|A domestic indoor chinchilla|
|Past range of Chinchilla lanigera|
The long-tailed chinchilla (Chinchilla lanigera), also called the Chilean, coastal, common, or lesser chinchilla, is one of two species of rodent from the genus Chinchilla: the other species being C. chinchilla. Both breeds are endangered in the wild after historically being hunted for their soft hair coats. Domestic breeds of chinchilla are believed to descend from specimens of C. lanigera. Domestic chinchillas come in three types: la plata, costina, and raton.
Historically, Chilean chinchillas were reported from Talca (35°30’S), Chile, north to Peru, and also eastward, from Chilean coastal hills, throughout low mountains. No fossils of the Chilean chinchilla are known to have been found,[clarification needed] and by the mid-19th century, Chilean chinchillas were not found south of the Choapa River in central Chile. Wild populations of Chilean chinchillas, as of 1996, occurred in Aucó (31°38’S, 71°06’W), near Illapel, IV Región, Chile, in Reserva Nacional Las Chinchillas and in La Higuera, Santa Cruz, Bolivia, about 100 km (62 mi) north of Coquimbo (29°33’S, 71°04’W).
Chinchilla lanigera is smaller—wild animals have body lengths up to 260 mm (10 in)—has more rounded ears—45 mm (1.8 in) in length)—and a longer tail than C. chinchilla; its tail is usually about a third the size of its body—up to 130 mm (5.1 in) compared to 100 mm (3.9 in) in C. chinchilla. The number of caudal vertebrae is 23 in C. lanigera versus 20 in C. chinchilla. Males typically weigh 369–493 g (13.0–17.4 oz) with a mean of 412 g (14.5 oz), while females weigh 379–450 g (13.4–15.9 oz) with a mean of 422 g (14.9 oz). Domesticated animals are larger than wild ones and more sexually dimorphic, with the female weighing up to 800 g (28 oz) and males up to 600 g (21 oz).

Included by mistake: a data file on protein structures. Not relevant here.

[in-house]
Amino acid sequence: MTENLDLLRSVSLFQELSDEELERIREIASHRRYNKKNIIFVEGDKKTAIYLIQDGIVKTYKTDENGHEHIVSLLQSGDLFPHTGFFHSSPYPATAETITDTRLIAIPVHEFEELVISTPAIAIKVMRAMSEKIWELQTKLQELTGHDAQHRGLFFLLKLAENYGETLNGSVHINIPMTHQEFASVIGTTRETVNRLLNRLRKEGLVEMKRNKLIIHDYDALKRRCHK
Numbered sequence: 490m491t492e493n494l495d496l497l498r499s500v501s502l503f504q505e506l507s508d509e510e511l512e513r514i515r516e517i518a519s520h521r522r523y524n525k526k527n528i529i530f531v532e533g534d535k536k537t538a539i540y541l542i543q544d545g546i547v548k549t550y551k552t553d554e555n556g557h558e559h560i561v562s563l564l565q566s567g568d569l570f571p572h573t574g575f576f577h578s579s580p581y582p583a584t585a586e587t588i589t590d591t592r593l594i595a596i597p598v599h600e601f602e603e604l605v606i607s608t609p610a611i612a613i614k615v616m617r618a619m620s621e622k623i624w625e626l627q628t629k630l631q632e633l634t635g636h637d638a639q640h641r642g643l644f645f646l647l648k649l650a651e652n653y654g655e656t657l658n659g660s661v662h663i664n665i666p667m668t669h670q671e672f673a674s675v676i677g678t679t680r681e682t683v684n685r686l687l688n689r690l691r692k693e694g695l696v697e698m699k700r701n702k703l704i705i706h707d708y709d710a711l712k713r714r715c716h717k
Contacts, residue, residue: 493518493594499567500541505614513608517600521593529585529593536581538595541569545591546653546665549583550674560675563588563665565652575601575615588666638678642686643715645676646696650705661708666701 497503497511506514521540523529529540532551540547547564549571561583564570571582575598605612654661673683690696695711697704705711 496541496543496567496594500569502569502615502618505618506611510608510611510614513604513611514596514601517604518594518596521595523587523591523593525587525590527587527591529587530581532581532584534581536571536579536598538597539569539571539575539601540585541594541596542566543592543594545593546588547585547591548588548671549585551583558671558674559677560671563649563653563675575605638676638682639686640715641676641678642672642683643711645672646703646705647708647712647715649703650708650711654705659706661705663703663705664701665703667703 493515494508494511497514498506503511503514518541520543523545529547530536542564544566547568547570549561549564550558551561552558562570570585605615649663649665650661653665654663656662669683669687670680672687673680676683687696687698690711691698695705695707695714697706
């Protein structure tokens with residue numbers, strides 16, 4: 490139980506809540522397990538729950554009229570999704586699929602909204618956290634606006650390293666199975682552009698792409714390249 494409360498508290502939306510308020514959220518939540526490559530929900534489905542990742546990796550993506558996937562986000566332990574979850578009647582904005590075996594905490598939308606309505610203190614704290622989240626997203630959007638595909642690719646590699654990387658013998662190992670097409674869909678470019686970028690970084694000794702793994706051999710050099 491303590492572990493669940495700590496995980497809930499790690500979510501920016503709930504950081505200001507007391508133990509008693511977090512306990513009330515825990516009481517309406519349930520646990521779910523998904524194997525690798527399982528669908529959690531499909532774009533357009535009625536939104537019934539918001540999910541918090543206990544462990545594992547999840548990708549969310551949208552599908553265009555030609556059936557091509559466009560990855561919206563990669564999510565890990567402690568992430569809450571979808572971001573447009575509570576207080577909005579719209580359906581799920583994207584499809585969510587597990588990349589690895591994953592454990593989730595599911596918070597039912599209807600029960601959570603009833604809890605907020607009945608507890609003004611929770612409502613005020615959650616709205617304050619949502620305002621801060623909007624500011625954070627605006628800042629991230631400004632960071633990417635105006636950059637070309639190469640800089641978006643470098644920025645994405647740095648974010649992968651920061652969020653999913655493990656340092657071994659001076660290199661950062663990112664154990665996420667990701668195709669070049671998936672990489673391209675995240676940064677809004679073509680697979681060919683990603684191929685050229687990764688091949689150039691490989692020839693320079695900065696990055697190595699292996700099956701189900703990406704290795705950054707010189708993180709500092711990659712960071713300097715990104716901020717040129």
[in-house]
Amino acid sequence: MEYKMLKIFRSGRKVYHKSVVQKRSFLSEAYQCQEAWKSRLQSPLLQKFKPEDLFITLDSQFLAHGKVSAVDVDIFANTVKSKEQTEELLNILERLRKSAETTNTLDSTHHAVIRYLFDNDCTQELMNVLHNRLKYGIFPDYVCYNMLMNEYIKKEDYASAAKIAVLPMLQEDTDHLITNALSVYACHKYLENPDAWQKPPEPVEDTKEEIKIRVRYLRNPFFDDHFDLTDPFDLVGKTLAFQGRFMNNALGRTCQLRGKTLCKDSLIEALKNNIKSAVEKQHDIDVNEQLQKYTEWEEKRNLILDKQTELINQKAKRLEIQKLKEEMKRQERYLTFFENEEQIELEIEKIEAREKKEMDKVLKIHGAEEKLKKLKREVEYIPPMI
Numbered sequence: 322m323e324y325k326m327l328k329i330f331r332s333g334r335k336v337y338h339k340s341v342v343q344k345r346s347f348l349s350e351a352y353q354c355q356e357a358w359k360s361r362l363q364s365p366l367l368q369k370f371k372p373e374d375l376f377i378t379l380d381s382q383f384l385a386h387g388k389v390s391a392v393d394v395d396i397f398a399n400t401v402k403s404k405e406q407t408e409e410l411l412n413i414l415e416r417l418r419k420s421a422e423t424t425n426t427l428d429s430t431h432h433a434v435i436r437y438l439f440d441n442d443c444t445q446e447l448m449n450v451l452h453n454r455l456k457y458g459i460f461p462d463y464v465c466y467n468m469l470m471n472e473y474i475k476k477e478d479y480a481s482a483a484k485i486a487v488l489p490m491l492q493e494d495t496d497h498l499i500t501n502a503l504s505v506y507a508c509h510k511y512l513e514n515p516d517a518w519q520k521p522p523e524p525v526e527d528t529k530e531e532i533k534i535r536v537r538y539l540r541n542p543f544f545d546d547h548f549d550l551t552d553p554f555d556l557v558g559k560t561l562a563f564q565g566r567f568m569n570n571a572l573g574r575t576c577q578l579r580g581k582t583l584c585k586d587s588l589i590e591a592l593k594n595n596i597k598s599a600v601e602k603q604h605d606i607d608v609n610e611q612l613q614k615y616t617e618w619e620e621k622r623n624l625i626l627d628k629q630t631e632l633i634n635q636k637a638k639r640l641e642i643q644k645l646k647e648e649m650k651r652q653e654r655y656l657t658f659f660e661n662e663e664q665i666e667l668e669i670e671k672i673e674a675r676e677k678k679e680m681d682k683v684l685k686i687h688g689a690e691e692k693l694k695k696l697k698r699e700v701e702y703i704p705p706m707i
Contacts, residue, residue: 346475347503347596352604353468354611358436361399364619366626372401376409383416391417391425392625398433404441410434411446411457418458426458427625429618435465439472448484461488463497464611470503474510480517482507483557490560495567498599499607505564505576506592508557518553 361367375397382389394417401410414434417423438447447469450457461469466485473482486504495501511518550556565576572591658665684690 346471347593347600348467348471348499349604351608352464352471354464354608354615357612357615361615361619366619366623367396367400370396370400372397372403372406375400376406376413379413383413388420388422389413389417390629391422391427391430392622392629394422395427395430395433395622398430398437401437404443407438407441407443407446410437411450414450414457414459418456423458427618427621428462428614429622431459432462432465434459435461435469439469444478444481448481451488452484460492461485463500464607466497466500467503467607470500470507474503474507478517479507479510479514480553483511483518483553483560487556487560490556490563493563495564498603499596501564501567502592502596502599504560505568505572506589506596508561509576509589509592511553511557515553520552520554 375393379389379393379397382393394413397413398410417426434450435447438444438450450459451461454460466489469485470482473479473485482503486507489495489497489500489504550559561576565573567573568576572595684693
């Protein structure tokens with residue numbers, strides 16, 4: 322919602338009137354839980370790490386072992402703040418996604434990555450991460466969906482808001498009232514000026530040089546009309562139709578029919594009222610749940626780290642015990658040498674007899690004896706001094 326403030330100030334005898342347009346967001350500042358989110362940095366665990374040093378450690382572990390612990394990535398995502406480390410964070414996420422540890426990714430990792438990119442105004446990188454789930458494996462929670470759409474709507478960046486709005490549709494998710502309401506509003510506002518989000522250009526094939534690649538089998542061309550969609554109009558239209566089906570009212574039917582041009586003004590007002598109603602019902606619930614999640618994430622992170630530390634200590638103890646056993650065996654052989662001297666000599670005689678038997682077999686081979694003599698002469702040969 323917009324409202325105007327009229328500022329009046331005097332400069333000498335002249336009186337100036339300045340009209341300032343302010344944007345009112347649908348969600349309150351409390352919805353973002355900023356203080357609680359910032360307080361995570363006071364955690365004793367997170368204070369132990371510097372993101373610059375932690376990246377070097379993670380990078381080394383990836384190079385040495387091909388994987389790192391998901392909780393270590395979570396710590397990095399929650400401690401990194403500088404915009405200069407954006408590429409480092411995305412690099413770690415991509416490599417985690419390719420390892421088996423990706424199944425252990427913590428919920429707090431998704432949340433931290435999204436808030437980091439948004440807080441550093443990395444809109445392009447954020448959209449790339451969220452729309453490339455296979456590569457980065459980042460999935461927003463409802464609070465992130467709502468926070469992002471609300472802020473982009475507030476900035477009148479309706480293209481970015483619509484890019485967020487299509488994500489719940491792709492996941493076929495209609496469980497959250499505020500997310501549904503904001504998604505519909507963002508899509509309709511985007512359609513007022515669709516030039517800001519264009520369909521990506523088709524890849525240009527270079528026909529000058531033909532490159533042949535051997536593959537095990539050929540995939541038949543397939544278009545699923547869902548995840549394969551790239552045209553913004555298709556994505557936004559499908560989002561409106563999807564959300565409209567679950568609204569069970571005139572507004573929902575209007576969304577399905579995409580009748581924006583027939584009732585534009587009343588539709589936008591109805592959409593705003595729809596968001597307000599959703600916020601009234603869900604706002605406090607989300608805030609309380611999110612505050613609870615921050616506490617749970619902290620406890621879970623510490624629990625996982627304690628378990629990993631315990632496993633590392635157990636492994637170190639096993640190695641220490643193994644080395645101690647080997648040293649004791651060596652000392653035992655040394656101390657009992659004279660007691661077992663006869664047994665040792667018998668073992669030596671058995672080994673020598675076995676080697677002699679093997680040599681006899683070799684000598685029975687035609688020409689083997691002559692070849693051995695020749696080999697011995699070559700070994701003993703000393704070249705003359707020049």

The word lanigera translates into 'bearing a woolen coat', yet chinchillas do not have a woolen coat, but instead one consisting of hair. Chinchilla's hair color was originally mottled yellow-gray in the wild. Through selective breeding, their dominant colors include beige, white, and ebony, and the recessive colors include sapphire, violet, charcoal, and velvet. Their hair is 2–4 cm (0.79–1.57 in) long. It is silky, extremely soft, and firmly adhered to the skin. Up to 75 hairs, 5–11 mm (0.20–0.43 in) in diameter, emerge together from a single hair follicle. Vibrissae (whiskers) are abundant, strong, and long—100–130 mm (3.9–5.1 in)—and emerge from single follicles. The general color of their upper parts is bluish or silvery gray; the underparts are yellowish-white. The tail has long, coarse, gray and black hairs on its dorsal surface—30–40 mm (1.2–1.6 in) long near the body; 50–60 mm (2.0–2.4 in) long near the tip—and form a bristly tuft that exceeds the animal's vertebrae by 50 mm (2.0 in).
Three different types of domestic chinchilla are commonly recognized: la plata, costina, and raton.